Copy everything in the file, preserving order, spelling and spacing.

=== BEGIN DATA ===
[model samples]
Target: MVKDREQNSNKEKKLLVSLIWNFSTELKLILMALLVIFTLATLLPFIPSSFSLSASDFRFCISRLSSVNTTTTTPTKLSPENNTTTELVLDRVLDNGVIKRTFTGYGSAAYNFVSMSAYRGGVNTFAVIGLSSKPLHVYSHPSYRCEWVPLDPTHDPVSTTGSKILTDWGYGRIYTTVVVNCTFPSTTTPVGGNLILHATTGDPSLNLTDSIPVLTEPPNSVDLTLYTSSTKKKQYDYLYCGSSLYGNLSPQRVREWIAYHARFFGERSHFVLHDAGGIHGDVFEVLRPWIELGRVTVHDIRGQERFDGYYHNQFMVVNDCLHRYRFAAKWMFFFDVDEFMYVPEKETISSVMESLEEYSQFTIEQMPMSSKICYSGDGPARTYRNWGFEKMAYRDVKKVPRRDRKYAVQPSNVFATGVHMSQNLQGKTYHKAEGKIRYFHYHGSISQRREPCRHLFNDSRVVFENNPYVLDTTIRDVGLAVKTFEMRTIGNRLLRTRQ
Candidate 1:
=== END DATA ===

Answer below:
[model samples]
Target: MVKDREQNSNKEKKLLVSLIWNFSTELKLILMALLVIFTLATLLPFIPSSFSLSASDFRFCISRLSSVNTTTTTPTKLSPENNTTTELVLDRVLDNGVIKRTFTGYGSAAYNFVSMSAYRGGVNTFAVIGLSSKPLHVYSHPSYRCEWVPLDPTHDPVSTTGSKILTDWGYGRIYTTVVVNCTFPSTTTPVGGNLILHATTGDPSLNLTDSIPVLTEPPNSVDLTLYTSSTKKKQYDYLYCGSSLYGNLSPQRVREWIAYHARFFGERSHFVLHDAGGIHGDVFEVLRPWIELGRVTVHDIRGQERFDGYYHNQFMVVNDCLHRYRFAAKWMFFFDVDEFMYVPEKETISSVMESLEEYSQFTIEQMPMSSKICYSGDGPARTYRNWGFEKMAYRDVKKVPRRDRKYAVQPSNVFATGVHMSQNLQGKTYHKAEGKIRYFHYHGSISQRREPCRHLFNDSRVVFENNPYVLDTTIRDVGLAVKTFEMRTIGNRLLRTRQ
Candidate 1: